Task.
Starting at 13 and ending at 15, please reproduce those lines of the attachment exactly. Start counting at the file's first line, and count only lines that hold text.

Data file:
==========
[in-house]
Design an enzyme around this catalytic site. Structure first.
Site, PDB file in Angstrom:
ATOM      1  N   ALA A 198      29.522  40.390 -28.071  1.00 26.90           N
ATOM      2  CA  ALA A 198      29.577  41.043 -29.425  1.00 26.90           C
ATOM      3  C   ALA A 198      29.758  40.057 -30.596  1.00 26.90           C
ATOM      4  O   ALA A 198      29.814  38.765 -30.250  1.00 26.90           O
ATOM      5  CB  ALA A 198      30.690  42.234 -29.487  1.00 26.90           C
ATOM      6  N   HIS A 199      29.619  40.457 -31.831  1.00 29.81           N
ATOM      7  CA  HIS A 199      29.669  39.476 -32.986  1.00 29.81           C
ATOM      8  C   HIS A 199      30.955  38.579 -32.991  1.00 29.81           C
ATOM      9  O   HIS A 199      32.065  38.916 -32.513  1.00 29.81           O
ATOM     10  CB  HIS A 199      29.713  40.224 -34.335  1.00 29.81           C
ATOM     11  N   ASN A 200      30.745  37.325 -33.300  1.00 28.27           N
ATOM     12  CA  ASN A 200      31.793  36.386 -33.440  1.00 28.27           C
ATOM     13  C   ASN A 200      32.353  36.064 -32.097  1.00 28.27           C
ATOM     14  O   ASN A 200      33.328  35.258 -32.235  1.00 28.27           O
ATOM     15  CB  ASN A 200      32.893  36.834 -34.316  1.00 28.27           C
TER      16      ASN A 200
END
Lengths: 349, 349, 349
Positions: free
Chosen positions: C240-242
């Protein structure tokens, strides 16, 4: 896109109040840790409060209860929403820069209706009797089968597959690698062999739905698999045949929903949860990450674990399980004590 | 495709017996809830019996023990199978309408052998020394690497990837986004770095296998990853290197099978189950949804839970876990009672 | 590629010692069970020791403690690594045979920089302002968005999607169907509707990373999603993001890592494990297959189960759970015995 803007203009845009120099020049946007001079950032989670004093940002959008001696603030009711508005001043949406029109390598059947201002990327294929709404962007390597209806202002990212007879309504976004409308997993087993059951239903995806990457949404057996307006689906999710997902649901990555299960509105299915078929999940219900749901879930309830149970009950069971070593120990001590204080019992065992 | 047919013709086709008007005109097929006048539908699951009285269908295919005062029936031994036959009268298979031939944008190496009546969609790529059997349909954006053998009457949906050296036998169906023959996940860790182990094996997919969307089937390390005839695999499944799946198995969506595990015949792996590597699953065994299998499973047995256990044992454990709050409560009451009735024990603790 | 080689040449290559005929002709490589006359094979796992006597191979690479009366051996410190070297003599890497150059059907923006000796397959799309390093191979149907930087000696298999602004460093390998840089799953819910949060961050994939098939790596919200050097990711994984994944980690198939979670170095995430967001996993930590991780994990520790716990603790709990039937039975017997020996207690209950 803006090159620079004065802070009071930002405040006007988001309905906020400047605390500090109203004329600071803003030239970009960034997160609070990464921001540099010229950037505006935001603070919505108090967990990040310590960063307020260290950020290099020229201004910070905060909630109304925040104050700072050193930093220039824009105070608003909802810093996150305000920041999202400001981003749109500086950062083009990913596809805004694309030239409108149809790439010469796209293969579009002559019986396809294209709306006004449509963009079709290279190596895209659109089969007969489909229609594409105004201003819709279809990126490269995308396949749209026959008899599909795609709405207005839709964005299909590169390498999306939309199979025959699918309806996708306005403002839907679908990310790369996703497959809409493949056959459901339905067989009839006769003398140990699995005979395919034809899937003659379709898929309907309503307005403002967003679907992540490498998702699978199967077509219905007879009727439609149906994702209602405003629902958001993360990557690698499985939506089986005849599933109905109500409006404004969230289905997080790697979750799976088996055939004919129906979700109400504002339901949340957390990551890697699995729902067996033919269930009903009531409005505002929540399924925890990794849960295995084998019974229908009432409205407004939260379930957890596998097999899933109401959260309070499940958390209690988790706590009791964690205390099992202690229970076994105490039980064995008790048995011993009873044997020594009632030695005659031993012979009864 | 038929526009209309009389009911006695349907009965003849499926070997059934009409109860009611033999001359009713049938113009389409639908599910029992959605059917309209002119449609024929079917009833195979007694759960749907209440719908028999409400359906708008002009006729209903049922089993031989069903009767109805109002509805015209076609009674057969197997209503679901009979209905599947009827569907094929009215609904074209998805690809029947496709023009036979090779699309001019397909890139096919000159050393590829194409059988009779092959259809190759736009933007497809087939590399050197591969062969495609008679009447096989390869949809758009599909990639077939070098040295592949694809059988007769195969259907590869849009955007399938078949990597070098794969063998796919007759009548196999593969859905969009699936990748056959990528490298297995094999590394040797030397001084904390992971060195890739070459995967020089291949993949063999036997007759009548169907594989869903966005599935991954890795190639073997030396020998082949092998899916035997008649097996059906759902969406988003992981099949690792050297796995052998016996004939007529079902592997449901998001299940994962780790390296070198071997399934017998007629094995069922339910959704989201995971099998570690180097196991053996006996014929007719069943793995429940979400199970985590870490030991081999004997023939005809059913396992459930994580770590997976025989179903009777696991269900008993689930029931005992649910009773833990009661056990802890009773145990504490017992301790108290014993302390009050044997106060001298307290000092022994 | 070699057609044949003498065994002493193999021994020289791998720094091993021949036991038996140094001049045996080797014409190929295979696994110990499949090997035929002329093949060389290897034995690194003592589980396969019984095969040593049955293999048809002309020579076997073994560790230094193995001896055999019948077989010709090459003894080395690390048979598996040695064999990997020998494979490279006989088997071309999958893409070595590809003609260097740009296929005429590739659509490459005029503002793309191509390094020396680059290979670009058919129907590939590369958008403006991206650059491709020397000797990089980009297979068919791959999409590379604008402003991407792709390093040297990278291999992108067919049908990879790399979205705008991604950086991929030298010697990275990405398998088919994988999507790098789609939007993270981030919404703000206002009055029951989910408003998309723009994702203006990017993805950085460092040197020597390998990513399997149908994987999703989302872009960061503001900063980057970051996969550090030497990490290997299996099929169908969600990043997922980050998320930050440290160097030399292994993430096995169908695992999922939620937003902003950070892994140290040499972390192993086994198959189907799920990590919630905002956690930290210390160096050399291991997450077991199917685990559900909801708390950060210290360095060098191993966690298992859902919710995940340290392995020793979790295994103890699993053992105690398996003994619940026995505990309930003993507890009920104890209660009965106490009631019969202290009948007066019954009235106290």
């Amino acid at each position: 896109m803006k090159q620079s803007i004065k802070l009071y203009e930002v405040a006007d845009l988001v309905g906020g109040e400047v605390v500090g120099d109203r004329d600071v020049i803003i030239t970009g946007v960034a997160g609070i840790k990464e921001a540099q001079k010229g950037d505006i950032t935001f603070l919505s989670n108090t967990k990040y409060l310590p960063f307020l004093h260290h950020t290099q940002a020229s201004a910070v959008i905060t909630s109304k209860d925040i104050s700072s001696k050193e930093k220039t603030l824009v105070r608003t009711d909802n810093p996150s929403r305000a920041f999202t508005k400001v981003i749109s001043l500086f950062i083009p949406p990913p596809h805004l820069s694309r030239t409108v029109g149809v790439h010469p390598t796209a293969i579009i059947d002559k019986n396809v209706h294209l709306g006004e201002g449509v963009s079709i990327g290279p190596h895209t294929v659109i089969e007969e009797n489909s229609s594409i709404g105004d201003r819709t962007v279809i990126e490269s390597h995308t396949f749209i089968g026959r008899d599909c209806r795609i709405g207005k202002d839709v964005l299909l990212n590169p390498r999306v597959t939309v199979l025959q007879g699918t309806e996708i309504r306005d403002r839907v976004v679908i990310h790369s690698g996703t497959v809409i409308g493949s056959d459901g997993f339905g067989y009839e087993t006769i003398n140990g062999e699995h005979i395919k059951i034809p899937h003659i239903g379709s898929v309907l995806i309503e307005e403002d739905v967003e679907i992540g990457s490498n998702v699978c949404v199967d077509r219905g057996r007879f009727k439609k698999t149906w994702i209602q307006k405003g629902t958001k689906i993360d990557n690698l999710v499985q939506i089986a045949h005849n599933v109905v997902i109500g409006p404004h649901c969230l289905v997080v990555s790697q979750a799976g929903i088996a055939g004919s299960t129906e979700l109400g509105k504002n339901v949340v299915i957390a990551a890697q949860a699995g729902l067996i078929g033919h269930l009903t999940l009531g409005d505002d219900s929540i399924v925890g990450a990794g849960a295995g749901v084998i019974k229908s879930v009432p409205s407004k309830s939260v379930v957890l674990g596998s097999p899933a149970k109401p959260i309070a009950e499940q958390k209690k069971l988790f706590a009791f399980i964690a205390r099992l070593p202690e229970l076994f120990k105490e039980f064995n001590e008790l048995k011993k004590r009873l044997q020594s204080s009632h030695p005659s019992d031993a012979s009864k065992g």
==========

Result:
ATOM     10  CB  HIS A 199      29.713  40.224 -34.335  1.00 29.81           C
ATOM     11  N   ASN A 200      30.745  37.325 -33.300  1.00 28.27           N
ATOM     12  CA  ASN A 200      31.793  36.386 -33.440  1.00 28.27           C